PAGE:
Crowdsourcing weight loss with iPhone's Lose It

Weight-loss plans often fail because they strand users in what really needs to be a social experience to succeed, but the iPhone's Lose It! app could help to change this.

Eating tends to be a social thing. Dropping the pounds that result from such sociability, however, is mostly a solitary experience, requiring lonely denial in the kitchen and often lonelier miles on the footpath or bike trail. Small wonder, then, that most attempts to lose weight fail.

It doesn't have to be this way, of course, and an application I've been using on my iPhone suggests a way to open-source the weight-loss experience, making dropping pounds a social, fun experience.

Adding calories with Lose It! FitNow

CNET recently profiled several weight-loss applications for the computer, some of which have a social element to them.

It's a good list, but my favorite application by far in this category is Lose It!, a free app for the iPhone.

Lose It! makes it easy to track calories, monitor exercise, and track progress toward weight-loss goals. Because my iPhone is always with me, Lose It! follows me around, too, reminding me how much that bar of chocolate is going to cost me in terms of gym time, facilitating rational calorie intake/burn.

Where Lose It! fails, as do all of these weight-loss applications, is in making this process truly social.

Fixing this would give FitNow, the developer of Lose It!, a serious revenue model that would turn a seemingly universal human desire to look/feel better into a great way to make money.

Here are a few ideas for the FitNow team, several of which Bryce Roberts, a good friend and fellow Lose It! junkie (in fact, it was Bryce's example that got me using the application), offered up while we were mountain biking last week (so that we could gorge on high-calorie foods later in the day :-):

  1. Social calorie database--Lose It! sports a great-but-not-all-inclusive database of foods with their associated caloric contents. Why not let users add up calories and submit these foods/meals to the Lose It! database? Using the open-source/Wikipedia model, users could edit others' submissions, with FitNow providing oversight to ensure a measure of quality control.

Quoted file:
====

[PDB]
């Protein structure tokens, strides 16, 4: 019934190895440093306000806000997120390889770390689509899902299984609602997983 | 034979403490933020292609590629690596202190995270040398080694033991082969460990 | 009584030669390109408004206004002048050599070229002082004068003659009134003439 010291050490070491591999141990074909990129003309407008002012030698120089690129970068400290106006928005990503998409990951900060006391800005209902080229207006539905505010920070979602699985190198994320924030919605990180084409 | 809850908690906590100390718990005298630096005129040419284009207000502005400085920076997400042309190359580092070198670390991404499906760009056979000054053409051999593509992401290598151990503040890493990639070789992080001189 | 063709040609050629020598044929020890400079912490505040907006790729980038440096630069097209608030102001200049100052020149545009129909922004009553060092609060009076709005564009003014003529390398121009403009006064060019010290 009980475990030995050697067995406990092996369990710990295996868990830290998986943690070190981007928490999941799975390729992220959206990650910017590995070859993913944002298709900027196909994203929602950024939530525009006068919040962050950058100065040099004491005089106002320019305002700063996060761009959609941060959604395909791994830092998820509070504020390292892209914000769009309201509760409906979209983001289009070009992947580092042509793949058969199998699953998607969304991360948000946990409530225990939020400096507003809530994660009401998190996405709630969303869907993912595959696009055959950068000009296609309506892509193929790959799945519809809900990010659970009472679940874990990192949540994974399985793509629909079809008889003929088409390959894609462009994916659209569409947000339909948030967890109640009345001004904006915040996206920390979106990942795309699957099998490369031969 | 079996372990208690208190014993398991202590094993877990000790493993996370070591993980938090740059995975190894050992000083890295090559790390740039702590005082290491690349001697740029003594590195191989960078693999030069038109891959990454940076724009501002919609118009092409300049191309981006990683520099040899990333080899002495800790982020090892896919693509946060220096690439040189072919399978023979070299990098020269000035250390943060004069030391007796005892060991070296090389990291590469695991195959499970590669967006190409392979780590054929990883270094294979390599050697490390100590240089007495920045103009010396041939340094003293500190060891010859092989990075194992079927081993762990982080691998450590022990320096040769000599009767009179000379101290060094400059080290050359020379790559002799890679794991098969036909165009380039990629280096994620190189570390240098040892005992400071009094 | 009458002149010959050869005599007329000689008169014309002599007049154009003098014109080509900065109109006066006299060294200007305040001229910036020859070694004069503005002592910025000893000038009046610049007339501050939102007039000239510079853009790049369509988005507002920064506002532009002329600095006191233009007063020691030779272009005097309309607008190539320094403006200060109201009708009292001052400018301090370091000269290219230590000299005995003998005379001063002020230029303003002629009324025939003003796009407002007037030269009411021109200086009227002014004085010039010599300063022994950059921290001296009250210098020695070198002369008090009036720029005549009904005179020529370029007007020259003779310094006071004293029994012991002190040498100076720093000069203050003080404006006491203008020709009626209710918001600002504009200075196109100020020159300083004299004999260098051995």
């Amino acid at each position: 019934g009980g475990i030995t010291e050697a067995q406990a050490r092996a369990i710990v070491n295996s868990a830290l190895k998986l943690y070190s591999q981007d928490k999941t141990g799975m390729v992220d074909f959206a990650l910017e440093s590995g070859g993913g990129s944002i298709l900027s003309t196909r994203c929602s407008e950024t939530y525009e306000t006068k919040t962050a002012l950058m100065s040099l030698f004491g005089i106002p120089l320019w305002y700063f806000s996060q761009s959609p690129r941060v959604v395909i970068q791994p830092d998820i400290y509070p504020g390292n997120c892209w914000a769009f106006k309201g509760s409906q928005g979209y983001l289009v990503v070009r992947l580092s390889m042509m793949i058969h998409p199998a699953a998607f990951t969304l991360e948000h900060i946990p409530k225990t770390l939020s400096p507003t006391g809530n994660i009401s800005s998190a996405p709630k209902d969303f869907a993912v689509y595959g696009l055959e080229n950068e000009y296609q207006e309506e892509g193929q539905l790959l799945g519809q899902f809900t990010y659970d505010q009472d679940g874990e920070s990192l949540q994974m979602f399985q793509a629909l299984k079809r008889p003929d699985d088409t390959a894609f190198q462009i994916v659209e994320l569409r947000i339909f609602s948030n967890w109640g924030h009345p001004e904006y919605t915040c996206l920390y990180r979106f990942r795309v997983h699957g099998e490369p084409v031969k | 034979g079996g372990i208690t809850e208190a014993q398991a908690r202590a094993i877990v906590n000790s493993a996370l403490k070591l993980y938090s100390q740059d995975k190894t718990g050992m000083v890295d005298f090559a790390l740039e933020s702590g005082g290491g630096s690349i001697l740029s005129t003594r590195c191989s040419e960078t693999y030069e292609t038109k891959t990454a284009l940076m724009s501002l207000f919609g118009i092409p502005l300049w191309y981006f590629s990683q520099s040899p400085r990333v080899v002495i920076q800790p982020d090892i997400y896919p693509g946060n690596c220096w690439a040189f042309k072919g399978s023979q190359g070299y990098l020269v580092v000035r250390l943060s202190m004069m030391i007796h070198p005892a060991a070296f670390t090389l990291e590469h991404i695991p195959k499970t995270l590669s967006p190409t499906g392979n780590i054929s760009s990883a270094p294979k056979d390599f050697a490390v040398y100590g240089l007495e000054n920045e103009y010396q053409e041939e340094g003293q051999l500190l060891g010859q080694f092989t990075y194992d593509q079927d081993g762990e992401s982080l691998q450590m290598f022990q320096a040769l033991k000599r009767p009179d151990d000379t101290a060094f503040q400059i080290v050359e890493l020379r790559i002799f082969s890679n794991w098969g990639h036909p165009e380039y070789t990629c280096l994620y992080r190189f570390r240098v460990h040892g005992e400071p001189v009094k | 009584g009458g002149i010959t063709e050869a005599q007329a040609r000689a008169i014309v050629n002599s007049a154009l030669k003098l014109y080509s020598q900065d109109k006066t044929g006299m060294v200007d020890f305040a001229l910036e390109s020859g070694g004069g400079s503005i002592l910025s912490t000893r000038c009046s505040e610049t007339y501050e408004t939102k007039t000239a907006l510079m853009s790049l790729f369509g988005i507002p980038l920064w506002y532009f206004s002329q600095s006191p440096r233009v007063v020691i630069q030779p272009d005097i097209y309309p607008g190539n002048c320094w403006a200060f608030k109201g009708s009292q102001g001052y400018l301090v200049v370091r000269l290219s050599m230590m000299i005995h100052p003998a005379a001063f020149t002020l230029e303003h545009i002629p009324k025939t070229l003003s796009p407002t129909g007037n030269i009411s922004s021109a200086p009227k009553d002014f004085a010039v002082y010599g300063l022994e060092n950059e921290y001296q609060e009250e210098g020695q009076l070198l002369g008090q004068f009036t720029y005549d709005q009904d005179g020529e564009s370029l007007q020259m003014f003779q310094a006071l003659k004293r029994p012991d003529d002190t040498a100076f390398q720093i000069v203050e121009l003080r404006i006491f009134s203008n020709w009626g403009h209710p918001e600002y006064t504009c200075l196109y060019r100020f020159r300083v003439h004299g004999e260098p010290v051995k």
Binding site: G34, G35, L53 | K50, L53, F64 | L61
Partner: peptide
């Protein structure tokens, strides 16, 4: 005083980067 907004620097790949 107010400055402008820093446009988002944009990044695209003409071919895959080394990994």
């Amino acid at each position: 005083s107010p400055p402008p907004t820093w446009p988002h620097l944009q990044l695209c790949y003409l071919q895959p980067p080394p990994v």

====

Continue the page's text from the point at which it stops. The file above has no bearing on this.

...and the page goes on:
2. Track friends' activities--I like to follow friends' running/biking activities on Twitter. It gives me added incentive to run on days that I might prefer to sit. I'd love to have a feature in Lose It! that sends me alerts when Bryce registers a bike ride or, better yet, connects with his calendar to suggest a time he plans to go so that I can arrange my schedule to join him.
  3. Fine-grained calorie counting--Lose It! has a generic database of exercises and how many calories such activities will burn. But there is no such thing as a one-size-fits-all hour of mountain biking. I tend to ride trails that are heavy on the incline, and want to see a more accurate measure of how many calories I've burned. It would therefore be great to have users be able to create their own calculations of calories burned on a given trail, for example, and then let Lose It! triangulate different users' counts to come up with the "right" one.

These are just three ideas, but it's not hard to think of others. Lose It!, by coordinating and collecting data from its different users in open-source fashion, could create a database that would help it to generate significant revenue. Perhaps the basic version comes with Lose It's standard calorie counts, but a premium, subscription version offers access to the wisdom of its (ever-thinning) crowd?

Regardless, such a system would exemplify all that open source is supposed to be, but often fails to attain: software of the users, by the users, and for the users. Most of us can't hack code, but most of us can read product labels and add up how many calories we've assembled in a given recipe.

With such an O'Reilly-esque "architecture of participation," Lose It! could provide the ultimate service--helping people attain and maintain healthy lifestyle habits--while generating the ultimate financial return.


Follow me on Twitter @mjasay.

About the author

    Matt Asay is chief operating officer at Canonical, the company behind the Ubuntu Linux operating system. Prior to Canonical, Matt was general manager of the Americas division and vice president of business development at Alfresco, an open-source applications company. Matt brings a decade of in-the-trenches open-source business and legal experience to The Open Road, with an emphasis on emerging open-source business strategies and opportunities. He is a member of the CNET Blog Network and is not an employee of CNET. You can follow Matt on Twitter @mjasay.

     

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